As Signs & Wonders demonstrates so triumphantly, you'd have a hard time to find better contemporary poems than Charles Martin's. I can only be grateful for 'Ovid to His Book,' 'Support,' 'Poem for the Millennium,' 'Near Jeffrey's Hook,' 'After 9/11,' 'Poison,' and many more. Martin does not merely write well-made, shapely poems; he charges them with energy. I'm placing my bet that they will last.
(X. J. Kennedy)
Charles Martin's new book, Signs & Wonders, is elegant and powerful. Past and present commingle as he writes poems of contemporary life in traditional form, and with a remarkable range: 'Poem for the Millennium' in accentual verse, and one of the best 9/11 poems we have in terza rima. Taking his cue from Catullus and Ovid, whose work he has brilliantly translated, Martin creates his own new vision of the world in language of praise with an underlying tone of combined horror and awe.
Like an expert cellist in full control of phrasing and intonation, he can make a line of metrical verse sonorous or playful, tenebrous or scintillating, elegiac or mercurial.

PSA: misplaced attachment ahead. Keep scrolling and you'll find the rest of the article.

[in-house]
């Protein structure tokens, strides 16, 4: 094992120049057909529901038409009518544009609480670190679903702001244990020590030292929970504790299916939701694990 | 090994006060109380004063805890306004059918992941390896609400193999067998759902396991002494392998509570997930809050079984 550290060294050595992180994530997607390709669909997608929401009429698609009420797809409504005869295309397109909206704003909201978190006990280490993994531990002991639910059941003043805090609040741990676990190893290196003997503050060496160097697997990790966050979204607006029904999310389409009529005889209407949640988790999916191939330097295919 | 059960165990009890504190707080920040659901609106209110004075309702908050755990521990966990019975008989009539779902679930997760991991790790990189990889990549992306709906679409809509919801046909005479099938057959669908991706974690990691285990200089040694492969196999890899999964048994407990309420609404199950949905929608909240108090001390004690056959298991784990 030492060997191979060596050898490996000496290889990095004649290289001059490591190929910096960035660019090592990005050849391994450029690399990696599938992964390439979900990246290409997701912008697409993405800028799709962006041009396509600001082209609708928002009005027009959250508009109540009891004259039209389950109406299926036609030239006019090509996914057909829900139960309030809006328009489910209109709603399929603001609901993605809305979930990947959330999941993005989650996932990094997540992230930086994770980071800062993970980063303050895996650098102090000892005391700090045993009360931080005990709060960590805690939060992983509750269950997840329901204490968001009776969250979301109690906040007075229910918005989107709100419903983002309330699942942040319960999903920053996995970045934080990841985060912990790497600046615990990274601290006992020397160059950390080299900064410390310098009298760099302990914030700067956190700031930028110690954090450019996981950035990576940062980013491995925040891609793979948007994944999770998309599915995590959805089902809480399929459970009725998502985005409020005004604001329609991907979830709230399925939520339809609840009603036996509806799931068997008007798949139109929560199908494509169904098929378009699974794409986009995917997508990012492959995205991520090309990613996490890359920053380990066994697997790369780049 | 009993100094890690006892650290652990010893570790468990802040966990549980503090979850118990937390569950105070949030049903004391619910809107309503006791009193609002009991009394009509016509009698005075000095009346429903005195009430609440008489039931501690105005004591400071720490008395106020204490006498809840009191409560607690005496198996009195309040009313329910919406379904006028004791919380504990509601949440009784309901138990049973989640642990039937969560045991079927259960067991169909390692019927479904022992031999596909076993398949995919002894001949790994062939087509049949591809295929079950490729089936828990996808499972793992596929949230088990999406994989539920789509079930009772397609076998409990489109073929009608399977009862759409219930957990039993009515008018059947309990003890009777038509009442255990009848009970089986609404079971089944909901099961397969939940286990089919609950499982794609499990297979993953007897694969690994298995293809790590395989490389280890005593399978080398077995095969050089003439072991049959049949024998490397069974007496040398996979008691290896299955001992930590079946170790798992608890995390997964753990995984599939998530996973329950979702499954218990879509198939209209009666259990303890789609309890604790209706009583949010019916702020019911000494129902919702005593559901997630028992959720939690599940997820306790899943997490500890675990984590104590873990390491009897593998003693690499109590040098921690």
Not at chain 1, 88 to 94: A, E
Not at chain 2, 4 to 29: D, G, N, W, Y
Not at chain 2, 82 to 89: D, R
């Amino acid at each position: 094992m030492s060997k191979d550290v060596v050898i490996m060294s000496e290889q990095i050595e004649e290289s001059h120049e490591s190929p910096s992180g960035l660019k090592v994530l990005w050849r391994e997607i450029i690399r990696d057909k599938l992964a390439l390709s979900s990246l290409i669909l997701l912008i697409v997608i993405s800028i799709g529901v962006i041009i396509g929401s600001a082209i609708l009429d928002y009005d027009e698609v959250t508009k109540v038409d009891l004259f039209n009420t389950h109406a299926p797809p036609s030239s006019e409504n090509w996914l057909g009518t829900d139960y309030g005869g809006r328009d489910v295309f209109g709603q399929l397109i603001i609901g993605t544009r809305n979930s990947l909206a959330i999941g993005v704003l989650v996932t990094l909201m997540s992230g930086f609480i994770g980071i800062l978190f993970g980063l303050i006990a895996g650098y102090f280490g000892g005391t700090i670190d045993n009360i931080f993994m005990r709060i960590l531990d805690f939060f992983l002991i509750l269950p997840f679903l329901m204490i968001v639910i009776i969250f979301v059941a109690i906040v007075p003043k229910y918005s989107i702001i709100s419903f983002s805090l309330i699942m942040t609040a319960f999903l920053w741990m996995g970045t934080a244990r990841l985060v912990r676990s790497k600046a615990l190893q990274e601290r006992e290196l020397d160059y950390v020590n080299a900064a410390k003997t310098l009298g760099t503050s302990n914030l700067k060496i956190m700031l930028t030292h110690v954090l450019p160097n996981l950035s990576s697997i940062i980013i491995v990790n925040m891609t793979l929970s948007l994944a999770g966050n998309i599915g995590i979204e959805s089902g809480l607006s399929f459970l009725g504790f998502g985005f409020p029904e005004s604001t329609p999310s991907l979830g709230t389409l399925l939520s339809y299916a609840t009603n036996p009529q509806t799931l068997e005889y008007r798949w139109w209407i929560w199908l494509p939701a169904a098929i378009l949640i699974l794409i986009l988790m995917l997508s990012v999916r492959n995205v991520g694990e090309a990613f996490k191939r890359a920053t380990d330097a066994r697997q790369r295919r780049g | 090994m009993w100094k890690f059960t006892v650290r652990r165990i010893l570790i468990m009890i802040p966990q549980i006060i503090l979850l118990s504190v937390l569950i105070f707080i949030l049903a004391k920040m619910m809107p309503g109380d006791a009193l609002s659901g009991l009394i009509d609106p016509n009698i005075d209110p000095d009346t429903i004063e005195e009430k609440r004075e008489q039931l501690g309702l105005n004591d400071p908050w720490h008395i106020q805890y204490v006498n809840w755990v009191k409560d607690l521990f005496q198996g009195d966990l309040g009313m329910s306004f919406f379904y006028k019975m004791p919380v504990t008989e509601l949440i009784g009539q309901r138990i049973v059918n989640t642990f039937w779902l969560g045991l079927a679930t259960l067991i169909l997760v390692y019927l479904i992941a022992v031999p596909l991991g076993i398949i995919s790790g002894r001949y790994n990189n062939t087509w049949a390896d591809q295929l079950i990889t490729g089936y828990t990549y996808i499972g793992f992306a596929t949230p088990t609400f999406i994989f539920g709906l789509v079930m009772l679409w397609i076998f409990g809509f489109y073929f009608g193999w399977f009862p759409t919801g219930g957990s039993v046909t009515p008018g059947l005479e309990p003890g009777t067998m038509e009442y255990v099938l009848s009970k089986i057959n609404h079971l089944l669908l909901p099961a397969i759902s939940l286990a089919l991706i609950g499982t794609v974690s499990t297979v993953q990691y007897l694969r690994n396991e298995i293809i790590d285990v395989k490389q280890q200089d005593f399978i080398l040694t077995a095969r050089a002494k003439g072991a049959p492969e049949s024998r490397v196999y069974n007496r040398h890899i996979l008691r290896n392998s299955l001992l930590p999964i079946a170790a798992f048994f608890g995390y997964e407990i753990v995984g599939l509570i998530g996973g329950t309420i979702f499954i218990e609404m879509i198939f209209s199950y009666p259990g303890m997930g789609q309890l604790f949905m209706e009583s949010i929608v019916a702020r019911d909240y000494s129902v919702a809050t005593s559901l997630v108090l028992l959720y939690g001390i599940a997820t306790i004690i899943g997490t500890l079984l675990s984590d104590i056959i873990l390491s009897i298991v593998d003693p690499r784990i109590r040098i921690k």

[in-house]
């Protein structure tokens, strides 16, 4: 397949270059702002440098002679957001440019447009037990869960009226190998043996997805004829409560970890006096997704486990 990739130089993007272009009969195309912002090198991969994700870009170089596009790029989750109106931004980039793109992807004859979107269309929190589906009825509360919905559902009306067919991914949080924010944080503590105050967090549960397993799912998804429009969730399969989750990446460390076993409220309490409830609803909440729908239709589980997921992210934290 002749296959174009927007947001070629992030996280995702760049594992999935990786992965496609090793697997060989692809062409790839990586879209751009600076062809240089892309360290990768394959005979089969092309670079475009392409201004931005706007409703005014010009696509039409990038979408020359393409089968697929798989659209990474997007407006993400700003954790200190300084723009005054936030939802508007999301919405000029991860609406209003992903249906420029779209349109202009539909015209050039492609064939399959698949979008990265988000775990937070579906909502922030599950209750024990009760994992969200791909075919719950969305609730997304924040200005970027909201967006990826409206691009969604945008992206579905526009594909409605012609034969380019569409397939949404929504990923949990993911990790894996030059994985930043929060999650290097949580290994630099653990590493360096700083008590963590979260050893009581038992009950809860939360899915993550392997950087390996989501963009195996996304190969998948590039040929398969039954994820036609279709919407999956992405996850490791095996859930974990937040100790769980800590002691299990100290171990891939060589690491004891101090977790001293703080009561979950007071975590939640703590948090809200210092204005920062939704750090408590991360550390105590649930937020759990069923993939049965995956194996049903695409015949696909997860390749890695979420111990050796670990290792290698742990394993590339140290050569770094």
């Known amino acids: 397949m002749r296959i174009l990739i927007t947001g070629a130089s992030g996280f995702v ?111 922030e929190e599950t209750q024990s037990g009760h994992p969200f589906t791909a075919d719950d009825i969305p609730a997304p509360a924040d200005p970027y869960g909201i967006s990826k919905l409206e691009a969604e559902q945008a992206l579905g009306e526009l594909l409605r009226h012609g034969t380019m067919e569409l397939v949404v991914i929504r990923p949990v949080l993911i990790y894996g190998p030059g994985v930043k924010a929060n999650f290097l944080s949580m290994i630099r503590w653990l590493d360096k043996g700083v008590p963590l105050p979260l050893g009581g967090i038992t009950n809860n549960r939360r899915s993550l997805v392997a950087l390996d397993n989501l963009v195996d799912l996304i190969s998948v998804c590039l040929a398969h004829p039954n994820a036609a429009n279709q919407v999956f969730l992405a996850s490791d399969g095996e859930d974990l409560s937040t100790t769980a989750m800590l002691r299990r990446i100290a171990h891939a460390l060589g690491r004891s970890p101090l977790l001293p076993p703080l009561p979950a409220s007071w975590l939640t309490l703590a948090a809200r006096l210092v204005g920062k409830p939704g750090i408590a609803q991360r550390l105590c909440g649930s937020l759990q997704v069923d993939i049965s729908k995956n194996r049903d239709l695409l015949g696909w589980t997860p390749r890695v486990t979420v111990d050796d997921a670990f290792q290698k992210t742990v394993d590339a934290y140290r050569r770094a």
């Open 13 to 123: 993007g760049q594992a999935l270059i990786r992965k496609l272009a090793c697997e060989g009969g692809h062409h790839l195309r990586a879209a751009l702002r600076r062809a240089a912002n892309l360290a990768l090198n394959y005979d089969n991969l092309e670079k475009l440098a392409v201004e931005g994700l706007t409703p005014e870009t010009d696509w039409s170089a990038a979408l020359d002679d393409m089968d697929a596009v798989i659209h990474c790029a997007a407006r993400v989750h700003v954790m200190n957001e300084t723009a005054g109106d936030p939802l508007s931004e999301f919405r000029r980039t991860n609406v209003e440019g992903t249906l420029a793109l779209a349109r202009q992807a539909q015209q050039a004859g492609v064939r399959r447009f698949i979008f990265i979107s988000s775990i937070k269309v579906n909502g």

Charles Martin is a poet of dazzling formal dexterity. Deep realizations flow through his fluent lines and stanzas, in which our present condition is clarified by allusions to our past. A poem on a computer virus at the Millennium invokes earlier monstrous invasions in the alliterative meter of Beowulf, the horror of 9/11 is summoned by tercets as in The Inferno. The clarity, the precision of Martin's language makes his poems accessible and memorable. This is the work of a master.
'After 9/11' is alone worth the price of the book and will repay many readings, but all the poems share important virtues. They’re sonically pleasing and rich in allusion, but they’re also direct. Here there are no cryptic, difficult poems on the attack. Nothing here is pointless, and much is beautiful. All works toward a fruitful clarity and invites us to think hard about what bones we and Martin have built on.
(Maryann Corbett Contemporary Poetry Review
If you need to be reminded, or to discover, why Martin is considered a master, pick up your own copy of Signs & Wonders.
(Alexander Pepple Think Journal
About the Author
Two of Charles Martin’s earlier collections of poetry, What the Darkness Proposes and Steal the Bacon, were published by Johns Hopkins, as was his translation, The Poems of Catullus. In 2005 he received an Award for Literature from the American Academy of Arts and Letters.